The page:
If ignored anytime before 50,000 miles, this can be very costly. Apparently, some engines out of the factory were fitted with piston rings that were too thin. What this resulted in were oil leaks. We’ve seen customers pay up to $6,000 in engine repairs because the pistons and piston rings will need to be replaced.
Symptoms of Excessive Oil Consumption:
- Oil deposits on the engine
- Blue smoke emitting from the exhaust
- Low engine oil indicator on more than normal
- Metal shavings in the oil pan
- PCV valve failure
A good rule of thumb if your vehicle is experiencing this, go to the shop and ask for a compression test. This should tell them if there is something wrong with the internals of the engine, pistons, piston rings, etc. If your vehicle is experiencing the PCV valve symptoms listed above, replace it first and see if it alleviates the engine from guzzling oil. If not, take it to a shop ASAP.
6. Knocking Steering Rack
The next two problems are not engine specific, but they are annoying enough to put on this list. What do we mean when we say “knocking steering rack”? Some MK2 TT owners have complained about a knocking or clicking noise coming from the front of the car, video clip linked below, when turning continuously and slowly. Come to find out it is a common problem in the top of the steering rack. Since the MK2 TTs have been out since 2006, hopefully, most of them out there have been resolved.
Back when warranties would have been useful, the steering rack would have been replaced under warranty. However, given that it has been 15 years since these were first produced, warranty work on the steering rack may vary from dealership by dealership. With that said, it should not affect the function of the vehicle. So if the noise doesn’t bother you, it SHOULD be okay in most cases. Our advice, is to get it looked at anyways because this is not normal to MK2’s.
7. Power Window Regulator Failure
Another very annoying, and unfortunately common, problem in Audi and VW’s is power window regulator failure. Customers have been complaining about windows being stuck up or stuck down and, as you can imagine, this is not only a hassle for you but it’s just annoying. Power window regulators contain the window glass in two channels and make the window go up or down with the push of a switch. These regulators shouldn’t fail at all throughout the lifecycle of a vehicle, but some in the MK2 TTs seem to be faulty out of the factory.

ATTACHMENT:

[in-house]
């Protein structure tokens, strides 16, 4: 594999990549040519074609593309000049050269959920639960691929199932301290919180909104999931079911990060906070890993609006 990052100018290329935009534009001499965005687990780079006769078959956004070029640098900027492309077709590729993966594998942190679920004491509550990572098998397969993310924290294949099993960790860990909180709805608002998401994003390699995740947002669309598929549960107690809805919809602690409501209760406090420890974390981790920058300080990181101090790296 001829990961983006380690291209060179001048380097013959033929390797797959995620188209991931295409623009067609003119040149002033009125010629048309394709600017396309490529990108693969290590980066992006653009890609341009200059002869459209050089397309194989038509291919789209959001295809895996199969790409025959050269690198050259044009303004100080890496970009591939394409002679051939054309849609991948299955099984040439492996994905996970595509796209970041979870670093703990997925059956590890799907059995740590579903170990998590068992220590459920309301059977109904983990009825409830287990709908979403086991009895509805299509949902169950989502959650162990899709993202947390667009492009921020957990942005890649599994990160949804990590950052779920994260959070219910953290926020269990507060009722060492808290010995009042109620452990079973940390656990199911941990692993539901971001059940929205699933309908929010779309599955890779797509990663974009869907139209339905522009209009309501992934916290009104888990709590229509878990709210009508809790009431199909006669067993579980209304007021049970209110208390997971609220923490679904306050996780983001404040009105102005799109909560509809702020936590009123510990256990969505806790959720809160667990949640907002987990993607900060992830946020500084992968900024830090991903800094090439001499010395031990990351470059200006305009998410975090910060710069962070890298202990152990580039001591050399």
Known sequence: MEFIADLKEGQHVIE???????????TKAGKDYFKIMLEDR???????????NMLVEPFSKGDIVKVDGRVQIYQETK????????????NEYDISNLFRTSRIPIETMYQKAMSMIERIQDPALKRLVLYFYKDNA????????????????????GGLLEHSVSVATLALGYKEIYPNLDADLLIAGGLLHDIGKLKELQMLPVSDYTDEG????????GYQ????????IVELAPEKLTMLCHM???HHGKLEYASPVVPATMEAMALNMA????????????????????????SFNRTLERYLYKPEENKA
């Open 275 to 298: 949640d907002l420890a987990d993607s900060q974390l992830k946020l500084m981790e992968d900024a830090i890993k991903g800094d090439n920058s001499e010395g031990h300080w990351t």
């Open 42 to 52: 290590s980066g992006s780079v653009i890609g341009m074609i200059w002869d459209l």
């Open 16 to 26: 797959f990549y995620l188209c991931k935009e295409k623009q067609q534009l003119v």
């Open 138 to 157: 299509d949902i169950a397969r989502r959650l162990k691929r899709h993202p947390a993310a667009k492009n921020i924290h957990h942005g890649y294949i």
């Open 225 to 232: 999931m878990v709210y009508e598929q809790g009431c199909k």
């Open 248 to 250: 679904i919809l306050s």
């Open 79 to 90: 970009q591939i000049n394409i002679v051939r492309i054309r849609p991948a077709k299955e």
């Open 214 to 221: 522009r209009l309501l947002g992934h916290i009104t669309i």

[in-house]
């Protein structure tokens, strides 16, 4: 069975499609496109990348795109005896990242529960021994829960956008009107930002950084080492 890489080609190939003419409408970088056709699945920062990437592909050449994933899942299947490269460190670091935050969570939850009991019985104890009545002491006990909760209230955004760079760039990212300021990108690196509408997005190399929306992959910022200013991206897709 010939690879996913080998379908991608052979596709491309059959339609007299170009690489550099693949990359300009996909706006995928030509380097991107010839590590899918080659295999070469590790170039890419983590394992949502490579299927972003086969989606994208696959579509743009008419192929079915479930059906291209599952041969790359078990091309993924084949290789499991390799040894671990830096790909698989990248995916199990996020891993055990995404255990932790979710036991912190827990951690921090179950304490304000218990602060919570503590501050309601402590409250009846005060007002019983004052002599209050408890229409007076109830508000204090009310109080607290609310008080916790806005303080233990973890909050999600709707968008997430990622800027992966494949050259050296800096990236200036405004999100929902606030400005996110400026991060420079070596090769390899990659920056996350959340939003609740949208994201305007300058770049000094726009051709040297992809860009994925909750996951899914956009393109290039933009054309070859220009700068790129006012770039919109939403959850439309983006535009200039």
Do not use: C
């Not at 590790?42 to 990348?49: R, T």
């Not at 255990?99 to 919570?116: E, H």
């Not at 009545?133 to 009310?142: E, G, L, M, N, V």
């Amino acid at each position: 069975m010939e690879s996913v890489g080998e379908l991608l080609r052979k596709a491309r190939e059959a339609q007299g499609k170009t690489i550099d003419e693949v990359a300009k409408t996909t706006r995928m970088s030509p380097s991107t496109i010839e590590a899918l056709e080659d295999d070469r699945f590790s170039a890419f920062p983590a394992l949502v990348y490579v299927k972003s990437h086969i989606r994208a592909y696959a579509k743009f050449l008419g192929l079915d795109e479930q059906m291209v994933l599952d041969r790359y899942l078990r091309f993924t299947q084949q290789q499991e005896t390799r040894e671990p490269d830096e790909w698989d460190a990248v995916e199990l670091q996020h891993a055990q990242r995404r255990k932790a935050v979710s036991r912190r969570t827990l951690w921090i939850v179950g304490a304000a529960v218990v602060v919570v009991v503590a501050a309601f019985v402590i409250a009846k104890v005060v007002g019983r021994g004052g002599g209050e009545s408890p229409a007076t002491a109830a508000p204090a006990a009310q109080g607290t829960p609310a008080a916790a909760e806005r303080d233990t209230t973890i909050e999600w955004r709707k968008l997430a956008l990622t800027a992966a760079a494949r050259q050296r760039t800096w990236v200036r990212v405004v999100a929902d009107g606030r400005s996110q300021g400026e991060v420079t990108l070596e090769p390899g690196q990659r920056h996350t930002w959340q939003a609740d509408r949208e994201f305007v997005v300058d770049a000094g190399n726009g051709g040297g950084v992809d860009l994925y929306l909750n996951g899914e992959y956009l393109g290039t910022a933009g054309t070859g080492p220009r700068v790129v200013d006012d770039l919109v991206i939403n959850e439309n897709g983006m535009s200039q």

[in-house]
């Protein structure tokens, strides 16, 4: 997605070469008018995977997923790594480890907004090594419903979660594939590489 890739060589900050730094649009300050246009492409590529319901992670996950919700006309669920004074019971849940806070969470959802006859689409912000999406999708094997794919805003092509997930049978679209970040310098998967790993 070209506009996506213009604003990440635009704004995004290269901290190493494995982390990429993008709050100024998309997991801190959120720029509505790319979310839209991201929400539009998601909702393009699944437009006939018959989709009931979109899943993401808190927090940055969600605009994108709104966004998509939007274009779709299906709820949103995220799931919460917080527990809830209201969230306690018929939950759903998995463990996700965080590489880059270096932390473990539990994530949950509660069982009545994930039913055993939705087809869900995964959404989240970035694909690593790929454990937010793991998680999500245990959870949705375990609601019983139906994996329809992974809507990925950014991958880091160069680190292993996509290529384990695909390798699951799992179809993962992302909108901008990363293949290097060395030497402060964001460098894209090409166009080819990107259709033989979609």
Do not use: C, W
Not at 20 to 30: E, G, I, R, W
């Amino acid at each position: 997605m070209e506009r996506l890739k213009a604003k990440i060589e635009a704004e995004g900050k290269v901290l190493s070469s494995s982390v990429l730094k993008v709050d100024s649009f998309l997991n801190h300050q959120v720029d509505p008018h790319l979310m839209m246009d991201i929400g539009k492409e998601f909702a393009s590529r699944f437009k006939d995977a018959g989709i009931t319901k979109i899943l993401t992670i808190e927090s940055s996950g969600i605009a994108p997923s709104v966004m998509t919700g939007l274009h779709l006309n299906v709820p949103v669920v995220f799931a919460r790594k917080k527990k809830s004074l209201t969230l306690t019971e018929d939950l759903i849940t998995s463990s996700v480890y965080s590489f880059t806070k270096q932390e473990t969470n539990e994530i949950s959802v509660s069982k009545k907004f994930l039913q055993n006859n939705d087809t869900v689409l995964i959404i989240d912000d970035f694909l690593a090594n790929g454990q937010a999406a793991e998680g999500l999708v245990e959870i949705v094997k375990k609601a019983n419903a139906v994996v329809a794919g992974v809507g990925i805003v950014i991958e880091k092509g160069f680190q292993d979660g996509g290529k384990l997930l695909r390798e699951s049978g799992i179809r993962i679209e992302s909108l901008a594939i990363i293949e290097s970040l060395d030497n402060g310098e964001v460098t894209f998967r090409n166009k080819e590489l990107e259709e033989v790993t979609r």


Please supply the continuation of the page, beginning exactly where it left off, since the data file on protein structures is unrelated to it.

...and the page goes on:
Symptoms of Power Window Regulator Failure:
- Window stuck up or stuck down
- Slower or faster than normal window scrolling speed
- The window is not level/crooked
- Multiple presses on the power window switch before moving the window
When the power window regulator fails, it will have to be replaced with a new part. This replacement is not the hardest DIY, it is just tedious since the door panel will have to be removed. The part is not cheap if the OEM part is ordered, but you can find cheaper ones online. A DIY would save you around $250 in labor costs.
Power Window Regulator Replacement: Purchase Here
DIY Difficulty: Easy
Audi TT MK2 Reliability
As you can imagine with all of the awards the Audi TT MK2 won in the past, this vehicle is extremely reliable pending regular maintenance. Specifically, manual transmissions are more reliable than automatic transmission TTs. As far as which engine is the most reliable, we would say either the 3.2 VR6 or 2.0TDI would be your best bet, although they are harder to find. We’re not saying the 1.8TFSI or 2.0TFSI engines are not reliable, but they do tend to have more problems at higher mileage. Any vehicle can be unreliable if proper maintenance isn’t followed. We’ve seen many TT MK2’s on the road that have hit 120,000 miles or more without any serious engine problems.
Here is an extremely useful guide on maintenance that should be followed to get the most out of an Audi MK2 TT. If you want to check out more Audi content, here is a write-up on The 6 Most Common Audi TT MK1 Engine Problems.